Inside this church, which was the Church of St. Francisco, there were many blue tiles from the 17th and 18th century with scenes on them of not only Bahia in the past but also Lisbon from before the devastating earthquake there in 1755.

Of course, Brazil is a former Portuguese colony, everyone here speaks that language, and we noticed many similarities to Portugal in Bahia.
There is so much more to Bahia than just the churches. There are many other colonial buildings in the upper city and they have been delightfully painted in pastel colors and many have cornices with ferns or other plants on them.

The streets are mostly cobblestone and as we strolled along, enjoying all the life on the streets and the vibrancy of the place, we felt right at home because there were so many street artists and vendors with all their wares such as we are used to from Mexico and Central America. The art is so colorful and innovative; we were sorry we couldn’t buy a lot of it – so we took pictures.

The people are also interesting as this was the biggest slave port in Brazil and Bahia has the highest percentage of Africans in Brazil, as well as mixed race people. There is a lot of African culture mixed into the Portuguese culture here and it is easily seen in the costumes, food, handicrafts, dancing, etc. We stopped to try one of the local beers and it was excellent. It was so much fun just to walk around in the streets!

On our way back to the ship, we took the elevator back down to the lower level and stopped to see the huge Mercado Modelo. This had a lot of small stalls with handicrafts as well as cheap food places, a produce section, etc. We also bought some soft drinks in a local store to take back to the ship. Everywhere the people were helpful and friendly. In this part of the city there were a lot of areas of broken up cobblestones, graffiti on the buildings, litter, and areas where there was a strong urine smell. This really influenced how a lot of people from the ship felt about this town, since we heard a lot of negative reports when we were back on the ship. We four had a wonderful day and thought the town was worth coming back to, since we missed a few places we wanted to see.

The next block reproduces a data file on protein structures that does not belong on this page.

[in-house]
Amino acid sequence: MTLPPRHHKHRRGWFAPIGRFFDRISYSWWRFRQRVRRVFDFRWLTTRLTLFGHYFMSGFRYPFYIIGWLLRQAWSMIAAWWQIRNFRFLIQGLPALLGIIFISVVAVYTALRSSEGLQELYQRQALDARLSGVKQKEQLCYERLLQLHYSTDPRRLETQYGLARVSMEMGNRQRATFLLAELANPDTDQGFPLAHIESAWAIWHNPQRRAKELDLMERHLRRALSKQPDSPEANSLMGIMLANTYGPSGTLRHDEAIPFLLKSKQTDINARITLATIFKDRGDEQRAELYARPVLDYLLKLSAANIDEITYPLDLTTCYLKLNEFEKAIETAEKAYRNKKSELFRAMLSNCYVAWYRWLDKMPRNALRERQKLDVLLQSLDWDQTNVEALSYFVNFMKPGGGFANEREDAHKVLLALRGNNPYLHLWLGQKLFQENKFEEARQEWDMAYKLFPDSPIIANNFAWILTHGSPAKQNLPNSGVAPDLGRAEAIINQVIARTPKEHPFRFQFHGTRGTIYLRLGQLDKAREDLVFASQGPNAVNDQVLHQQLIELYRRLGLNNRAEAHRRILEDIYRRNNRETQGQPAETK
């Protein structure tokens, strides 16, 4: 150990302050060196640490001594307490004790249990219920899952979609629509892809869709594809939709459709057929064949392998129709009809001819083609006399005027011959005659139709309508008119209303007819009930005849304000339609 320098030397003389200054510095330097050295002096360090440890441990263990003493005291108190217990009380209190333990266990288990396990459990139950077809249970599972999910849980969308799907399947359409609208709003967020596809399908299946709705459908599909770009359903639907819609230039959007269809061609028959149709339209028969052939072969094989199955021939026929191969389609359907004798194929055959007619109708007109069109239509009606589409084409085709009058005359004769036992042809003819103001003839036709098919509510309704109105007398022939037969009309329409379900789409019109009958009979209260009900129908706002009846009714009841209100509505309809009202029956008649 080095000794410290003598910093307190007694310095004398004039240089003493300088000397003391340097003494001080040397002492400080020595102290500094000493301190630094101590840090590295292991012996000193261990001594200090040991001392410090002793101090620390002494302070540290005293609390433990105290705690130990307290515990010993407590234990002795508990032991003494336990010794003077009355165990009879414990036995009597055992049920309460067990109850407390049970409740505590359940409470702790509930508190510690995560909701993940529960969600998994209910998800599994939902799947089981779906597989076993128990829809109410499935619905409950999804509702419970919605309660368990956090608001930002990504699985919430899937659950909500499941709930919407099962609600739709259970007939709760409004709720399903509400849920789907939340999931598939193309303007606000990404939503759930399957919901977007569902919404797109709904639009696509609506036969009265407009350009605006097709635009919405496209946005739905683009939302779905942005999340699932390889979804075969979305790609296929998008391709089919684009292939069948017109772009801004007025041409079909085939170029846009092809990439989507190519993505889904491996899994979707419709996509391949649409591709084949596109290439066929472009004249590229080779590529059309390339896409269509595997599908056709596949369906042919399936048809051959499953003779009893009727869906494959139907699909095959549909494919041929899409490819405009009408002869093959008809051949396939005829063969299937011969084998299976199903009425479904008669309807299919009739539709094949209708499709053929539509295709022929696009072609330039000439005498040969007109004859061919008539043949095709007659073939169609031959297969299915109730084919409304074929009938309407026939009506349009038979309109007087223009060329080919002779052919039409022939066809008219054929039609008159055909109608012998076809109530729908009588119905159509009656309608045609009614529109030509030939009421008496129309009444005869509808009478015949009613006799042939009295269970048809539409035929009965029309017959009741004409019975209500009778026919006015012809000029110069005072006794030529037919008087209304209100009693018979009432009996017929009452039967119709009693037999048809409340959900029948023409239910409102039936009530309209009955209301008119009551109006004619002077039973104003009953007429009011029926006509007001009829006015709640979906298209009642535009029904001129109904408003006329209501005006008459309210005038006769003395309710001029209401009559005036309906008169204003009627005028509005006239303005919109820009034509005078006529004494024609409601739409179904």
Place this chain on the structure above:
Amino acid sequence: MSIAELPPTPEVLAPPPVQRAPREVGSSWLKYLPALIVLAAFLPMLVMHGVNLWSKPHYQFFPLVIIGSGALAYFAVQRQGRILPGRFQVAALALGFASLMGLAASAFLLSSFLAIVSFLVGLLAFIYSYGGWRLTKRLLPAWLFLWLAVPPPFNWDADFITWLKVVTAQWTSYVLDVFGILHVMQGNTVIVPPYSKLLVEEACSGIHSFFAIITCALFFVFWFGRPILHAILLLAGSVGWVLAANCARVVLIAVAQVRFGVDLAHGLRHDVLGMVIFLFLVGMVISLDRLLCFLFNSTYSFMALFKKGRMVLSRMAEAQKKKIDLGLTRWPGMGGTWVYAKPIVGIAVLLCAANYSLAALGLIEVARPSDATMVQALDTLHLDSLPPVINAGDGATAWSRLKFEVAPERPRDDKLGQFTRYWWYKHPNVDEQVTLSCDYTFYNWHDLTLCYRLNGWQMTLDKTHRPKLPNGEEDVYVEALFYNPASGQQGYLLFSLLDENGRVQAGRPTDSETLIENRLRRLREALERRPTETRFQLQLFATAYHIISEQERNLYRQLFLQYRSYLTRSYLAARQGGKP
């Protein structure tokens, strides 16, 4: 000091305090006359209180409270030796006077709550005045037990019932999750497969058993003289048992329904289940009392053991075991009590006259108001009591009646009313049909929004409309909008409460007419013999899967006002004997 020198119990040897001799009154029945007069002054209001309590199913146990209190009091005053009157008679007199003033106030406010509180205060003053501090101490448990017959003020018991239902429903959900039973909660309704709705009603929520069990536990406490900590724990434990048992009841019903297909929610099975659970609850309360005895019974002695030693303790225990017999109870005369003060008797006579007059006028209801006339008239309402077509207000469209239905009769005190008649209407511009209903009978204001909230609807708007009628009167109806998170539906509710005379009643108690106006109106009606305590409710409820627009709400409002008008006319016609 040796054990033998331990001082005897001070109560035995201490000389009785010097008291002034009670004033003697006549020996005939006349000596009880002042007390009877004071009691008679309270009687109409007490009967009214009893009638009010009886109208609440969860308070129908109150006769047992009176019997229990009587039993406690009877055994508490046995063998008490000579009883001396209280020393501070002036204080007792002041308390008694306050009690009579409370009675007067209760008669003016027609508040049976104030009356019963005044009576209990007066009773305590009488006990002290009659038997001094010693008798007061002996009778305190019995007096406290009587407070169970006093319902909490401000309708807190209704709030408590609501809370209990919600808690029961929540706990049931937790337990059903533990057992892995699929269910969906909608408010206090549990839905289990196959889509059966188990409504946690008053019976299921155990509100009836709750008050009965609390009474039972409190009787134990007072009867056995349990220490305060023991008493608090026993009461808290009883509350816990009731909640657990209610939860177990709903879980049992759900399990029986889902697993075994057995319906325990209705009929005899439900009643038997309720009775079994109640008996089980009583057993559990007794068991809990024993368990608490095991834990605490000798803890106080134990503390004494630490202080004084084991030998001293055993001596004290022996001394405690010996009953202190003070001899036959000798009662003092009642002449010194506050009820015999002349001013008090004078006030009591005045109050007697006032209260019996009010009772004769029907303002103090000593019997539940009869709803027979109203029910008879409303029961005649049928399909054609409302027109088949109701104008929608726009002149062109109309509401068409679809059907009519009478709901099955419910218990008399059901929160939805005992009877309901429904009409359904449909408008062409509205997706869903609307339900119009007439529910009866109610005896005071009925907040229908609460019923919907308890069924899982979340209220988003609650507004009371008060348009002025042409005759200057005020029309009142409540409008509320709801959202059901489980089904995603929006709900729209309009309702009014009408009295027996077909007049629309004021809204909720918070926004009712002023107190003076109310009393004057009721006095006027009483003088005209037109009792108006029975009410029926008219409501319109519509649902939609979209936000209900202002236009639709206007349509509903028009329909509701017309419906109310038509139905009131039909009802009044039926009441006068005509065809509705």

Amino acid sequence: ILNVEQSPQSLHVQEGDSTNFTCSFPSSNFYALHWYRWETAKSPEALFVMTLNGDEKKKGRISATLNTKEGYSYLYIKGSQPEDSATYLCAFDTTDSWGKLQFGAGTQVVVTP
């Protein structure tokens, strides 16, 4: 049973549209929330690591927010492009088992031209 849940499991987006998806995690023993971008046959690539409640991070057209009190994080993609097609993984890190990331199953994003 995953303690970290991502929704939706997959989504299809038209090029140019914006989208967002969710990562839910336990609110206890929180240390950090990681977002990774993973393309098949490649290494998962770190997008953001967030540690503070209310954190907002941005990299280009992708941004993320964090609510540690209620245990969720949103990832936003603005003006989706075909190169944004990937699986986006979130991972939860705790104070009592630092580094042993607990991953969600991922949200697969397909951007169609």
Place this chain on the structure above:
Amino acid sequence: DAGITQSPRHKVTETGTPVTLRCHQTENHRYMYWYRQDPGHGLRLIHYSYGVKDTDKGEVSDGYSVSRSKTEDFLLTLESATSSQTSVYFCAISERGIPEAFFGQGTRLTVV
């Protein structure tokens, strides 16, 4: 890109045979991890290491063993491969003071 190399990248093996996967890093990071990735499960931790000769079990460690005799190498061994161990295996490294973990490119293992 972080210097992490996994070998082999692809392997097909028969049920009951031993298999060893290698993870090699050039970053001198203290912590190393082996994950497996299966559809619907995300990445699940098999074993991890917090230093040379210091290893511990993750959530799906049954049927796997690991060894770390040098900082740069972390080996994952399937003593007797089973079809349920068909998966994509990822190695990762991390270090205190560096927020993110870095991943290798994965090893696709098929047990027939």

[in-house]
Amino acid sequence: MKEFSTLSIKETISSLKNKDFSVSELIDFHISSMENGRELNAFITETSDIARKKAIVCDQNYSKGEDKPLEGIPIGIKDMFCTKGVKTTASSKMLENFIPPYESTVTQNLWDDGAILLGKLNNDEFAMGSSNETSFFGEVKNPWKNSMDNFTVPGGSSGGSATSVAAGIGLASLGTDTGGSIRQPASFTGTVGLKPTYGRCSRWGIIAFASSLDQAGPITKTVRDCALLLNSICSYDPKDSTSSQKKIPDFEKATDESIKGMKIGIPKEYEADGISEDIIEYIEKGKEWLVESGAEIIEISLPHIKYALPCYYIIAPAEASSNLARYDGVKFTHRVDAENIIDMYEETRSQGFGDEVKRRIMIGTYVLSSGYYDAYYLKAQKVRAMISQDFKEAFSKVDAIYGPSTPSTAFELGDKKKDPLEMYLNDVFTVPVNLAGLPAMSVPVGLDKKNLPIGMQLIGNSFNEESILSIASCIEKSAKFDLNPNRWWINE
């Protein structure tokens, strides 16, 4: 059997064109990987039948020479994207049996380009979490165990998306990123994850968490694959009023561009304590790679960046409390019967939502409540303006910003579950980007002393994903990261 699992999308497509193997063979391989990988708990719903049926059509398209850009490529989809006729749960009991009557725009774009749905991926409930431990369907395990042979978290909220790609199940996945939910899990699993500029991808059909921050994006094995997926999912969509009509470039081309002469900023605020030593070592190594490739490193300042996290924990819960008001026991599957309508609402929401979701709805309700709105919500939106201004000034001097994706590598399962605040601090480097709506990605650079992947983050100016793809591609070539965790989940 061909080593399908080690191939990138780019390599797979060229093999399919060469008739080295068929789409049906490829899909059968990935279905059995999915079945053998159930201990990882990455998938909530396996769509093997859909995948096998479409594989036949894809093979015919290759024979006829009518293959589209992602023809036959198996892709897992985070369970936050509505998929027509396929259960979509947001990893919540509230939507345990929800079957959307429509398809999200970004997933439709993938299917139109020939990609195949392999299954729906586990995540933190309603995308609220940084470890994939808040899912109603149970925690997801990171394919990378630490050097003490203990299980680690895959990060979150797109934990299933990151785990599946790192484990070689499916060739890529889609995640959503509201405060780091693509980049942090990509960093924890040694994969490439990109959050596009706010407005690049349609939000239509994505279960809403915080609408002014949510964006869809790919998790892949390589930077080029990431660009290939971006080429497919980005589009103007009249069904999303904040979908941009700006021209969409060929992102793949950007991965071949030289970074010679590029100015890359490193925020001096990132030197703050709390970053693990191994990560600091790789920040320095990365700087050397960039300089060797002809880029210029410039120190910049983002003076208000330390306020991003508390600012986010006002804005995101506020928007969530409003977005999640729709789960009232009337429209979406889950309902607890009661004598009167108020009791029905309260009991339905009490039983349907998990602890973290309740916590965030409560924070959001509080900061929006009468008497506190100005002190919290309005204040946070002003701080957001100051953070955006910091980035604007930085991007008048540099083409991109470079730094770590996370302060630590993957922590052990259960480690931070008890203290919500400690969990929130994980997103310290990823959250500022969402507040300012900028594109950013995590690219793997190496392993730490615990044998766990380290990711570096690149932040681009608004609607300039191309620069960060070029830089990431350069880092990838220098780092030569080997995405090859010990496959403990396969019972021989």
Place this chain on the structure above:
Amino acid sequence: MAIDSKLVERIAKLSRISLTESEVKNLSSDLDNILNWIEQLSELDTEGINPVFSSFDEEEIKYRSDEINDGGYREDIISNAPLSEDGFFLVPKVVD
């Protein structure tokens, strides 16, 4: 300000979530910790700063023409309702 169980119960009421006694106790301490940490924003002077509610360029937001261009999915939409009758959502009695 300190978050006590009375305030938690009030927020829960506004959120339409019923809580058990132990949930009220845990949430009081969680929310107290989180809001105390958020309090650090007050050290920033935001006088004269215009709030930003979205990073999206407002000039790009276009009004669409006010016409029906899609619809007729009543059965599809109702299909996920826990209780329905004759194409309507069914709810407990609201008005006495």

Tonight is the last formal dinner of this leg of the trip, and we are hoping it is also lobster night. Tomorrow we will arrive in Rio at about 3 in the afternoon, and the next day is the day our Houston friends will be leaving us, as they are only doing the first leg. The rest of us will be taking an all day tour, which has been arranged ahead of time by Tom & Rocki Blair. That is also the day that many of us are supposed to move to a different cabin, so we will have to be packed and our room stewards will move our stuff while we are touring. It will be interesting to see how they handle all the associated paperwork, change of Sea Pass cards, etc. Also, there will be nearly a thousand more passengers on this leg, which starts in Rio and ends in Valparaiso, Chile, going around the Horn. It has been nice having a ship that isn’t full, as it is easier to use the exercise room, get food in the Windjammer, etc. Hopefully, all the changes coming up won’t be negative ones!
I will post another report after our tour of Rio, and after we have been established in our new room and at our new dining tables. Until then, we hope that all is going well for all of you back home and we are sending you big hugs.

1 comment:

Kathy said...

Your zest for adventure is so inspiring! I don't know where you find the energy! Sounds like you are having a wonderful time. I was beginning to worry when I didn't find any emails from you so decided to check your blog. Glad I did! Looking forward to reading more of yours!